On Friday, August 21, the Church Council for the Evangelical Lutheran Church in America voted to “commit itself to finding a way for people in...publicly accountable lifelong, monogamous, same-gender relationships to serve as rostered leaders of the church.” This was a big deal: while there were already ELCA congregations served by clergy in same-sex partnered relationships, this amounted to an official declaration that, in the words of Gethsemane pastor Gloria Espeseth, “the church has moved” on the issue of homosexuality. “I think people in the pews are no longer willing to use pejorative labels for people they know who are gay and lesbian.”
Not everyone was pleased with the decision. Acknowledging this in his address to the 2009 Churchwide Assembly that served as the occasion for the vote, presiding bishop Mark Hanson quoted Paul: “Bear with one another...clothe yourselves with love...let the peace of Christ rule in your hearts...teach and admonish one another in all wisdom...in the name of the Lord Jesus.” He then said, “That passage gives invitation...that those deeply disappointed today will have the...freedom to continue to admonish and teach in this church.... What is absolutely important for me is that we have the conversation together.”
The guiding principle, according to the resolution, was for ELCA members “to respect the bound consciences of those with whom they disagree.” On Sunday, Espeseth offered this explanation: “I would think, at a minimum, what ‘bound conscience’ means is that those who want to keep the tradition will not be accused of being homophobic, and those who want this change, even for the whole church” — as opposed to wanting it only for congregations open to it — “will not be accused of not honoring the authority of Scripture.”
Espeseth compared the disagreement to the disagreement in Galatia over whether or not gentiles had to be circumcised in order to join the church. In his letter to the Galatians, “Paul was grappling with the question of...what do you do when people vary on the understanding of morals or ethics. In Galatia, he said, ‘No, you can’t say that because you’re adding something for salvation.’ But if the message of the Gospel wasn’t at risk, Paul called communities to live with that kind of diversity without offending each other. That’s what we’re trying to do.”
To some extent, the move was anticipated by the welcoming statement in the Gethsemane bulletin: “As Lutheran Christians, we are a people centered in God’s unconditional grace, not in judgment. We warmly welcome you to our church community. You are invited to be part of our journey of spiritual discovery regardless of your race, ethnicity, gender, age, sexual orientation, marital status, social or economic state, physical or mental challenge, and whether you are confident or questioning in your faith.” Not only the part about sexual orientation — also the part about questioning. It was, I thought, noteworthy that Bishop Hanson called on those who opposed the policy change to continue admonishing and teaching.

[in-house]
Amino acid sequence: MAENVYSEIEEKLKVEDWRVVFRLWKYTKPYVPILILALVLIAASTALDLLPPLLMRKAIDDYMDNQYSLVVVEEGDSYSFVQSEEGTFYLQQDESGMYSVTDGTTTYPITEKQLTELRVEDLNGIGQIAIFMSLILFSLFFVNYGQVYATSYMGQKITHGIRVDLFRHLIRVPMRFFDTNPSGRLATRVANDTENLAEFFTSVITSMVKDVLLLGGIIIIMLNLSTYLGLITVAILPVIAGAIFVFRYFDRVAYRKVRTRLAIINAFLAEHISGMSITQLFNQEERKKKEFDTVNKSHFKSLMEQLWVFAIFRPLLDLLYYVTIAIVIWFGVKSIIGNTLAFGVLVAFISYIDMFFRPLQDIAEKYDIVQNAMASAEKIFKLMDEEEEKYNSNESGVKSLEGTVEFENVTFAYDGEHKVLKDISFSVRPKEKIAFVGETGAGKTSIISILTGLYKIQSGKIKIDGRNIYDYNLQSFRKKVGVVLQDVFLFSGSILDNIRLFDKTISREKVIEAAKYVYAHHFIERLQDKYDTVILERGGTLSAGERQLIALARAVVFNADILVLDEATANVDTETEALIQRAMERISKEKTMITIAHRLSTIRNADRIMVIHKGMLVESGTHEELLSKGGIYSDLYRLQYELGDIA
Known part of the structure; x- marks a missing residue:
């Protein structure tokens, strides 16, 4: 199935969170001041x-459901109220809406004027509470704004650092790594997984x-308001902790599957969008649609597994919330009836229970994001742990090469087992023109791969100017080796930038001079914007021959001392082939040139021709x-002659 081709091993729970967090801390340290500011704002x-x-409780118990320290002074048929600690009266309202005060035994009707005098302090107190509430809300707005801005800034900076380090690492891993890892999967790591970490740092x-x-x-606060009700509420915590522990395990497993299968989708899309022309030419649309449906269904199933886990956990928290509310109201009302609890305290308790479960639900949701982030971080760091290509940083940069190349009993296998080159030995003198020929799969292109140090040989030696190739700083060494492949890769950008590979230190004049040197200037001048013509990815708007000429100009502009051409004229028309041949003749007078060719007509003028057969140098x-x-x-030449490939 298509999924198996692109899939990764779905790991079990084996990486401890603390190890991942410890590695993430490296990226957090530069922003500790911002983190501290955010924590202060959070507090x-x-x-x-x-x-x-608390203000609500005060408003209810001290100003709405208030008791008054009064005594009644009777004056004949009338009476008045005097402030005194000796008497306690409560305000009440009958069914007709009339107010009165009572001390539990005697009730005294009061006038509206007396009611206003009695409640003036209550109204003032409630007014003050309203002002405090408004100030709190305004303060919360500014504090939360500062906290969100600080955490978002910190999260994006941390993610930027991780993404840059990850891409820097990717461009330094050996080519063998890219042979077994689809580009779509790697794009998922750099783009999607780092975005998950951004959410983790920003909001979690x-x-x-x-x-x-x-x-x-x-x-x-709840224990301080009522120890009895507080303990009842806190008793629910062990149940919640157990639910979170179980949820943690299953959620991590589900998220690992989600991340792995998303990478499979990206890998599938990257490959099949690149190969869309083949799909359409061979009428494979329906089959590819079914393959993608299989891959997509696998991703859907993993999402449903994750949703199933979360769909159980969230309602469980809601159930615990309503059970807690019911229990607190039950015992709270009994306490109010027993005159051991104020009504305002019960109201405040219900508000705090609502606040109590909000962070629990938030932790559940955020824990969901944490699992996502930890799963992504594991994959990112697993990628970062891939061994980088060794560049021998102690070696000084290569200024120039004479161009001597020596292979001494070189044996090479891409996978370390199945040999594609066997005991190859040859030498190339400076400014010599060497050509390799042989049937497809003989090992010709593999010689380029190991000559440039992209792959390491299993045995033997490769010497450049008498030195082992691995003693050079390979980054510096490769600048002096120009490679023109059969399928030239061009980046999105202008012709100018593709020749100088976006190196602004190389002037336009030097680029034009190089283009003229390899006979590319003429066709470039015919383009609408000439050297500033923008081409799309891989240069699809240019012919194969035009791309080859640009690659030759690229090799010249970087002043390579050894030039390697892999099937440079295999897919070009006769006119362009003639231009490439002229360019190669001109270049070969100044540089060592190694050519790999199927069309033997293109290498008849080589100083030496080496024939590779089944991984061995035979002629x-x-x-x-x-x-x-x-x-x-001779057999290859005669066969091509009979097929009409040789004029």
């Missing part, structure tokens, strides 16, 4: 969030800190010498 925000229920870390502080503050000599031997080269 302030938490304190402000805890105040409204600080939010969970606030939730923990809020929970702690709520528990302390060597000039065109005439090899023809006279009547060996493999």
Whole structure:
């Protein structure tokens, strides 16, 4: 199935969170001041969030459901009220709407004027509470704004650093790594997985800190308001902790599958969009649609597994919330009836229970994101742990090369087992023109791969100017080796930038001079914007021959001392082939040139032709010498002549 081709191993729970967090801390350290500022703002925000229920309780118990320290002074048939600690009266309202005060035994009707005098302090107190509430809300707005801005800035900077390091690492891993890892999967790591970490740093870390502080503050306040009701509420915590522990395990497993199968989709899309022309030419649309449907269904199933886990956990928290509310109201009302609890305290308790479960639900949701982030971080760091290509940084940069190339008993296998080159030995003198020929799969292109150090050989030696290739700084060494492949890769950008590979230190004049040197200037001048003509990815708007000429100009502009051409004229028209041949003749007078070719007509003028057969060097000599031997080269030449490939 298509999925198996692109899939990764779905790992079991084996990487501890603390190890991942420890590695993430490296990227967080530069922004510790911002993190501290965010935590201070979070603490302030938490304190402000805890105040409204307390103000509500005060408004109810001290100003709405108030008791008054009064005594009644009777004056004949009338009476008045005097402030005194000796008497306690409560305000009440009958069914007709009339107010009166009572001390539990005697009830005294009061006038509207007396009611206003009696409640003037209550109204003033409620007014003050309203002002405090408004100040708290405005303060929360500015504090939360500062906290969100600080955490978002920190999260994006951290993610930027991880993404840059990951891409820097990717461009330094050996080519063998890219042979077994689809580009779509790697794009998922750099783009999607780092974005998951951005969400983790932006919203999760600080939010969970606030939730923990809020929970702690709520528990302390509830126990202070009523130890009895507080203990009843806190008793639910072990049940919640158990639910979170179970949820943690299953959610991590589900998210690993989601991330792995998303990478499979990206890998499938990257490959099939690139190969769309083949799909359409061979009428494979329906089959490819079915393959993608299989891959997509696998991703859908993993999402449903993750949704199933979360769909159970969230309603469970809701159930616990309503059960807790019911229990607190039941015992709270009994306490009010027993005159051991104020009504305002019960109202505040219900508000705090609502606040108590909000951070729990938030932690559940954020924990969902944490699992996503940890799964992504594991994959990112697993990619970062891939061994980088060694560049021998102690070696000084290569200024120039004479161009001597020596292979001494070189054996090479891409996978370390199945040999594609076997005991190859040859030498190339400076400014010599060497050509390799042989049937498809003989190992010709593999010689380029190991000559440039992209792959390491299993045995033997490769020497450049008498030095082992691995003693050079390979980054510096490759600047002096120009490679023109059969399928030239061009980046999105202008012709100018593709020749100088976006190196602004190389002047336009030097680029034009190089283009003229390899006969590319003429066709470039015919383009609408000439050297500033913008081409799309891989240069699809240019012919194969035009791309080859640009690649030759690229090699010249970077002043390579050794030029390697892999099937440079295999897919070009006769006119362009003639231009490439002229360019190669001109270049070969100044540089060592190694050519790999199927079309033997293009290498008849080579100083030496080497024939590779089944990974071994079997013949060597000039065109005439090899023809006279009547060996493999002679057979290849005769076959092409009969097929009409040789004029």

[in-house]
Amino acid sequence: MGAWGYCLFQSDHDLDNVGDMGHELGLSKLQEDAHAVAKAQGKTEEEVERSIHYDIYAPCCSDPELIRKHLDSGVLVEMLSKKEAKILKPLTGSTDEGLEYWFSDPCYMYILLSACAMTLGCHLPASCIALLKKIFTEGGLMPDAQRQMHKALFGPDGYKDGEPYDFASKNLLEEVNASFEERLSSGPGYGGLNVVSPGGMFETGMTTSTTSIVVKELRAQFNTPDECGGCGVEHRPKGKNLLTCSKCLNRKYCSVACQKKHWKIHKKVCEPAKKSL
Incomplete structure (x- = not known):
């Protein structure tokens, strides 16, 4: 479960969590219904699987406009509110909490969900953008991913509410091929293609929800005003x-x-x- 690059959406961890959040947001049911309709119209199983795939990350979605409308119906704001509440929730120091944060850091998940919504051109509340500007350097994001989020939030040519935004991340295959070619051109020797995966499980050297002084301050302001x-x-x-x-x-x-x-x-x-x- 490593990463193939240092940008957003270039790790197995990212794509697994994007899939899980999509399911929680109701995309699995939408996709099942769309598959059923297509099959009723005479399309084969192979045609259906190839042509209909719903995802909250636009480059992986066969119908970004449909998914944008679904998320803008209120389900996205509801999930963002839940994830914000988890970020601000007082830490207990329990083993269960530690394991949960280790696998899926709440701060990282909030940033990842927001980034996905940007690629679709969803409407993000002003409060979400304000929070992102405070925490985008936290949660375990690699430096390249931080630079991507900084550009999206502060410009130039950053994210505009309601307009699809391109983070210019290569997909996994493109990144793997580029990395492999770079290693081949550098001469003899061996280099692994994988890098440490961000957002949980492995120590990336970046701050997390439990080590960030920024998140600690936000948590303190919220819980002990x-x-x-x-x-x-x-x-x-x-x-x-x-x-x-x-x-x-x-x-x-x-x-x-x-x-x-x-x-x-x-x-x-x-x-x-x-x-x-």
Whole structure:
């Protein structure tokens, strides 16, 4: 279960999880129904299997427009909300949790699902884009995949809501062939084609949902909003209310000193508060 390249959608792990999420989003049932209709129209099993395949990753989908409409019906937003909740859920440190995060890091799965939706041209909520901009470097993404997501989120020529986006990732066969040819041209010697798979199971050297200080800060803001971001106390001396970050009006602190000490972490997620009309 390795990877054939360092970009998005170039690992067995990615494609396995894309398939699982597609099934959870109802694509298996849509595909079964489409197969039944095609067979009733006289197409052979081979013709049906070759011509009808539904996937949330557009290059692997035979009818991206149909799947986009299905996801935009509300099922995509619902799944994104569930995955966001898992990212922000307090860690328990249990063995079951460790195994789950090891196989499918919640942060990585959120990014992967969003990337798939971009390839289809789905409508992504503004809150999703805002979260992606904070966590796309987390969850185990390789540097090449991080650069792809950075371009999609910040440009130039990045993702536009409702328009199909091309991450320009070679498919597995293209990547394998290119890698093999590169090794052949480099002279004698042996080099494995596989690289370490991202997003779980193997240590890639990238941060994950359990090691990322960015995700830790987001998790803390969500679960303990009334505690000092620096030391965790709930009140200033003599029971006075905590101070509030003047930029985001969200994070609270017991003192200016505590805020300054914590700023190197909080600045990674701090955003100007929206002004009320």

“We’ve had people ask us to change our name from Gethsemane,” said Espeseth. Understandably: in the garden of Gethsemane, Christ asked that the cup of suffering pass from Him; and He received no answer. “But we’ve had other people thank us, saying, ‘I thought I just had to believe in Happily Ever After all the time.’ That isn’t how it works, and we do name that other part, the part about ambiguity.” In her sermon, she put it this way: “Jesus did not have the opening of heaven like He did at His baptism; He did not experience power as He did during His miracles. He simply needed to get up and go.”
The sermon concerned the Jewess Esther, married to the King of Persia, who was having a “Gethsemane moment” of her own. Her cousin Mordecai was calling her to go unbidden to the king — to risk her life — for the sake of her people. His counsel: “Who knows whether or not it was for a time such as this that you are there?” Who knows, indeed. “Mordecai was not a prophet. He didn’t say, ‘I have a word from the Lord; it’s all going to be okay.’ Most of the time, we don’t have that...and sometimes, we’ll be wrong. There are people on both sides of this issue who felt they were called by God to step up.”
The singer sang a Martina McBride song: “God is great, but sometimes life ain’t good/ And when I pray it doesn’t always turn out like I think it should/ But I do it anyway.”
The prayers of the faithful asked, “We pray that we might be empowered by Your Holy Spirit to do that which You will for us...to take a stand, to help someone face evil, to open up complexity.”
What happens when we die?
“God knows,” replied Espeseth.
2696 Melbourne Drive, Serra Mesa
Founded locally: 1959
Senior pastor: Gloria Espeseth
Congregation size: 120
Staff size: 1 full-time, 5 part-time
Sunday school enrollment: none at present
Weekly giving: around $2000
Annual budget: around $150,000
Singles program: no
Dress: semiformal to formal
Diversity: mostly Caucasian
Sunday worship: 8 a.m., 9:30 a.m.
Length of reviewed service: 1 hour, 10 minutes